South Australia’s Limestone Coast is a region internationally renowned for its diverse natural wonders and dramatic contrasts.
Perhaps it is unsurprising, then, that it is also known as the ‘Shipwreck Coast of Australia’, for the cliffs, reefs, islands and outcrops of rock that make it so beautiful also make it a dangerous place to sail. More than 100 vessels and 200 lives have been lost along this stretch, which continues to draw new visitors each year. With natural attractions that range from ancient caves to fertile lagoons, the Limestone Coast is a fantastic destination for anyone wishing to experience the sublime.
One of the first natural wonders that any visitor to the Limestone Coast will tell you about is the Blue Lake at Mount Gambier. The lake sits within the crater of a dormant volcano; and between December and March, its waters turn a stunning, almost cartoonishly bright shade of blue.
Numerous viewing platforms surround the lake, from which you can look down and wonder over this liquid gemstone. Walking trails – such as the popular Volcano Discovery Trail – are also worth exploring, and there are options for camping, hiking and picnicking around the lake.
Not far from Mount Gambier, nature continues to astound at the famous Naracoorte Caves, South Australia’s only World Heritage–listed site, which doubles as the Wonambi Fossil Centre. Stretch your optics back more than 200,000 years to a time when nature truly ruled the Limestone Coast.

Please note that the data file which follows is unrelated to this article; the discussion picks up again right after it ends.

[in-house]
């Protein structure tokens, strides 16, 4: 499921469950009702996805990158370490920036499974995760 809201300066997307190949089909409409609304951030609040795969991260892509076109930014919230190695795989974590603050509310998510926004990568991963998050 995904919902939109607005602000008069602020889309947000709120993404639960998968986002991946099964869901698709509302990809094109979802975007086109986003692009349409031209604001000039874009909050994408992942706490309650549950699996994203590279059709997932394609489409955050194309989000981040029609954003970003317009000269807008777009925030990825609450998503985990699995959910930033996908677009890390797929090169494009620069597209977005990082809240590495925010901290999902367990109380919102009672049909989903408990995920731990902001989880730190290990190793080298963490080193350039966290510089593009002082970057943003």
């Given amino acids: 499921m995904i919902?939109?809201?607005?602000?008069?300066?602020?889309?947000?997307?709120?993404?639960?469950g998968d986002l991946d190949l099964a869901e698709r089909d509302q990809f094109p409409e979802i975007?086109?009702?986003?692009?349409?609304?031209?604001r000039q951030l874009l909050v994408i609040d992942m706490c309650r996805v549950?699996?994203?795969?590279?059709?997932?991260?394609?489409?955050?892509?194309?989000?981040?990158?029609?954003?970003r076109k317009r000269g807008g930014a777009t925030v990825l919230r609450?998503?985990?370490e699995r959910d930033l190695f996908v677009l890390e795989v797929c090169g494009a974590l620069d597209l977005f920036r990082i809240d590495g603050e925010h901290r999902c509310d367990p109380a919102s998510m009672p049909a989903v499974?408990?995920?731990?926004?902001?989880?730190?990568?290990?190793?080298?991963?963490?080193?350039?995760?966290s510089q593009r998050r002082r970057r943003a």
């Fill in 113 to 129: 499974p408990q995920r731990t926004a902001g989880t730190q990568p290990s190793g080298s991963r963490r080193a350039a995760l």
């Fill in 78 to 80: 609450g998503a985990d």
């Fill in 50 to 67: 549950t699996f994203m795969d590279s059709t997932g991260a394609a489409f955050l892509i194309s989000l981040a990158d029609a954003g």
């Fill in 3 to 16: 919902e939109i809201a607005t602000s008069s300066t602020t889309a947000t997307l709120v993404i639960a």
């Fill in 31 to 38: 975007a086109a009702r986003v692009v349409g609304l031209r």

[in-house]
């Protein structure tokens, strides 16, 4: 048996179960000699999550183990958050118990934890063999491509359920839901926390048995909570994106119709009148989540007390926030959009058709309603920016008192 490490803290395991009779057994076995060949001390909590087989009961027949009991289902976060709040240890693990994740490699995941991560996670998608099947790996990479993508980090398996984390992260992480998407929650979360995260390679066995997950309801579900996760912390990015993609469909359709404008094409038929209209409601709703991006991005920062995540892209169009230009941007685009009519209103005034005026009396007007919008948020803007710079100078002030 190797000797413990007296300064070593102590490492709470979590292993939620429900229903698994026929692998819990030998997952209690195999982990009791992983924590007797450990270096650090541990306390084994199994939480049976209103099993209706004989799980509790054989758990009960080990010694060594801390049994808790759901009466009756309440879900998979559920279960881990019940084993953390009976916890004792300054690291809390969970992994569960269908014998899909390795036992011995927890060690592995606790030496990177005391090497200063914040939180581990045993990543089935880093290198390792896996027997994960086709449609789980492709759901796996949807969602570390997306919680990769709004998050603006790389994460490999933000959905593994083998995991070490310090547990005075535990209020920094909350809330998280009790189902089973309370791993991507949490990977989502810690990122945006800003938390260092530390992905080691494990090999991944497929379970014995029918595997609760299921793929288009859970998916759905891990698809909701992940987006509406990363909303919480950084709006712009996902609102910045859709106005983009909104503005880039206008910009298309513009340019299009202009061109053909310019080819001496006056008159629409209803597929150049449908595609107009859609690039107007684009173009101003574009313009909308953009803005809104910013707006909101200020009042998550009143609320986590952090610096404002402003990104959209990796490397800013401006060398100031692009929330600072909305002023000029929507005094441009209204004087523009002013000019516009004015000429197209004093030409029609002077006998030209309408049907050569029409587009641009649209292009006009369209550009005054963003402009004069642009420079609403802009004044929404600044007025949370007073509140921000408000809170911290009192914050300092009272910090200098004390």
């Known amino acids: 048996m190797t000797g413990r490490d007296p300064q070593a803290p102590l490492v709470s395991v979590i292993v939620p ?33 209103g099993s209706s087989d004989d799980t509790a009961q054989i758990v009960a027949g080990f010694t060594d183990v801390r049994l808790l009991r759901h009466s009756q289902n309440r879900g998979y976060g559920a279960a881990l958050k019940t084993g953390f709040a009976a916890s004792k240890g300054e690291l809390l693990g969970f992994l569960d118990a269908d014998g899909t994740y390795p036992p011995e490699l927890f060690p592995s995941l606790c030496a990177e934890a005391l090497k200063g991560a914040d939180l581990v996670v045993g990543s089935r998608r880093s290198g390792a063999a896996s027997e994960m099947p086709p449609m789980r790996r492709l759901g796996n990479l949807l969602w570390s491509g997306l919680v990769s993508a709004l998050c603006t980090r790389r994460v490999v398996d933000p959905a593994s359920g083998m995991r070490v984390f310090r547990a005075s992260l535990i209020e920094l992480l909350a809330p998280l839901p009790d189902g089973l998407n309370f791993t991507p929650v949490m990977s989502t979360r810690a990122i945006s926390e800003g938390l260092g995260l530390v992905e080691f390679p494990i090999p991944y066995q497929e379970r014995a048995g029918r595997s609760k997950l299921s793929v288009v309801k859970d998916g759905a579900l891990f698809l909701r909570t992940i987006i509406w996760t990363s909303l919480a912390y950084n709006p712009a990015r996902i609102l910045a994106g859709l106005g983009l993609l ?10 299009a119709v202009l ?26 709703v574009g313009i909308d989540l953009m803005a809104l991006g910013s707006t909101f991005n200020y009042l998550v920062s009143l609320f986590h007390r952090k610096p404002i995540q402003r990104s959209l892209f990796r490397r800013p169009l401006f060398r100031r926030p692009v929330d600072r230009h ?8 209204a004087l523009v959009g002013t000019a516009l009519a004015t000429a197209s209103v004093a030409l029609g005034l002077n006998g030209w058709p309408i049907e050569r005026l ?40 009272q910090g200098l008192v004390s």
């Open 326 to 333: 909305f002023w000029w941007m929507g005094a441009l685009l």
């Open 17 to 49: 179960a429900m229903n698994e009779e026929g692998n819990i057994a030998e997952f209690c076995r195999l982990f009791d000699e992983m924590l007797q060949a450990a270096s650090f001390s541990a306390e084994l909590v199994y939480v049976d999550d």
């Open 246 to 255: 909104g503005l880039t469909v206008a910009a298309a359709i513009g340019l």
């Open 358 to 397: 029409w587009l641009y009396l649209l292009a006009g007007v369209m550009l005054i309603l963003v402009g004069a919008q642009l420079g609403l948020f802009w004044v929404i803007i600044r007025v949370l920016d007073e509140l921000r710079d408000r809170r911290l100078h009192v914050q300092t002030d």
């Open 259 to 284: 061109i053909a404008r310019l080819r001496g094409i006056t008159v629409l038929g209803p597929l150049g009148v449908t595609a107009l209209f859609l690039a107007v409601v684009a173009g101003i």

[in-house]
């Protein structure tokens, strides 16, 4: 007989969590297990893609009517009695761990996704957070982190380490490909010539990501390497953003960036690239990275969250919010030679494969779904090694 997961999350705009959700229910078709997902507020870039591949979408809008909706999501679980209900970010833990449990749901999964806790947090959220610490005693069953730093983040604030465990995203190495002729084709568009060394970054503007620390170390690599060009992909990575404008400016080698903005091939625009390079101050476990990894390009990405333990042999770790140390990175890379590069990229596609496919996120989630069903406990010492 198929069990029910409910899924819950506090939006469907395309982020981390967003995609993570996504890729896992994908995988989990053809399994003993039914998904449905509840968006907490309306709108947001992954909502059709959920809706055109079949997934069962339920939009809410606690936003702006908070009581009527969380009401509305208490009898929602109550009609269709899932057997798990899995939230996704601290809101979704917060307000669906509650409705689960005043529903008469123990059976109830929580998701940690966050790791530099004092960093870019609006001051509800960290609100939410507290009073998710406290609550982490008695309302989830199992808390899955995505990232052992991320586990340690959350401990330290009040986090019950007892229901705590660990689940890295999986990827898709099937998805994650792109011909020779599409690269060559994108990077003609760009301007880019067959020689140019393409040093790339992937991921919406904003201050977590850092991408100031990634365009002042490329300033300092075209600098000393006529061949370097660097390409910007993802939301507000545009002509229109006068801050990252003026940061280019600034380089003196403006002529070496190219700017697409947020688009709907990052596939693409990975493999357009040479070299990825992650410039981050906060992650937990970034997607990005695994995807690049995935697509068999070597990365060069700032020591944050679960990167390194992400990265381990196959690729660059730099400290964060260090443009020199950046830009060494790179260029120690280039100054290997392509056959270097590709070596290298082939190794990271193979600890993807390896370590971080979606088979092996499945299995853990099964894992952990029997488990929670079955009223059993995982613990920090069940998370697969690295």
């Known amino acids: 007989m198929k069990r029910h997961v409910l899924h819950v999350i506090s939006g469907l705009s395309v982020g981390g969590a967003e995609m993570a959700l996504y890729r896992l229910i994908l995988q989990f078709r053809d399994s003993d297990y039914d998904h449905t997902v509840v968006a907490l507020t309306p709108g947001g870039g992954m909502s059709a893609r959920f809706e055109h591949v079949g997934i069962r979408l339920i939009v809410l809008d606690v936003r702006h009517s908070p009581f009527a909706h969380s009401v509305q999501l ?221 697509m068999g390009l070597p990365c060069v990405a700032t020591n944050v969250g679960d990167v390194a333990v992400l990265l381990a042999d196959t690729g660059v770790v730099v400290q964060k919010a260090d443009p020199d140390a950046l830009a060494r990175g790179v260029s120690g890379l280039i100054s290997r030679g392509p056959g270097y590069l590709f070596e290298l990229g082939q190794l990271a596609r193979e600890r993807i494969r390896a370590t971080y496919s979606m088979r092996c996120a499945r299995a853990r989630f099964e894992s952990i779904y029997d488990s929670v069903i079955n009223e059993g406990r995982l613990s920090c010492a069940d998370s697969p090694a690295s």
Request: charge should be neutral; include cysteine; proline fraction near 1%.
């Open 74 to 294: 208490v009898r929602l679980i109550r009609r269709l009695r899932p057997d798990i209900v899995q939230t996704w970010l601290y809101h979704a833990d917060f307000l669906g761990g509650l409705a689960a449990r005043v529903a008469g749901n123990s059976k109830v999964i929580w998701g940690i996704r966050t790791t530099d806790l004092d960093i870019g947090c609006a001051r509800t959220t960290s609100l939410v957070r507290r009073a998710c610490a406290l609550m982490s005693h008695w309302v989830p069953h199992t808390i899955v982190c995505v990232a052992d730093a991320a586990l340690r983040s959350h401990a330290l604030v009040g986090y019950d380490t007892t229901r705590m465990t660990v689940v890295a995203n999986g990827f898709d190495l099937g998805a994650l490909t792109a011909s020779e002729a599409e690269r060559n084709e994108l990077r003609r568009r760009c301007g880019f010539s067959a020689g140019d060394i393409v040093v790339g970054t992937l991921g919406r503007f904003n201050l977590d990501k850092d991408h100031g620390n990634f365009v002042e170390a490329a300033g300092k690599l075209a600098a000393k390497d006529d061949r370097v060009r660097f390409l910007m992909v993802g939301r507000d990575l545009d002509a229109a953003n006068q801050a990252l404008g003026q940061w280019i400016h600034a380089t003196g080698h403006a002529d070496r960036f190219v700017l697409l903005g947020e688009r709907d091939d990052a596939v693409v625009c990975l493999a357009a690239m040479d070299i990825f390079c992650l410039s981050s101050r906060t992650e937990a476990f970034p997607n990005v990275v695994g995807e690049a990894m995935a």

The Naracoorte Caves were once home to many species of now extinct animals, including Australian megafauna – giant mammals, birds, amphibians and reptiles that often met their end in the deep pitfalls of the caves, where their skeletons and fossils now remain. Life-sized models of extinct animals greet visitors who venture below ground, among them the Diprotodon optatum – the world’s largest marsupial, which weighed up to 2800 kilograms.
If you’re hoping for a little more sunlight than the caves will afford you, be sure to stop in Robe, a town renowned for having one of the most spectacular beaches in Australia’s southeast. The pristine Long Beach stretches for more than seven kilometres, along which many secluded areas for swimming and surfing can be found. Alongside the beach, Little Dip Conservation Park extends for 13 kilometres along the coast south of Robe.
Within the park, you can experience more of the wonderful variety that nature has to offer along the Limestone Coast. The park is famous for its rich diversity of scenery, including both freshwater and saltwater lakes, wetlands, giant coastal sand dunes and ancient middens made by the Indigenous Bunganditj people.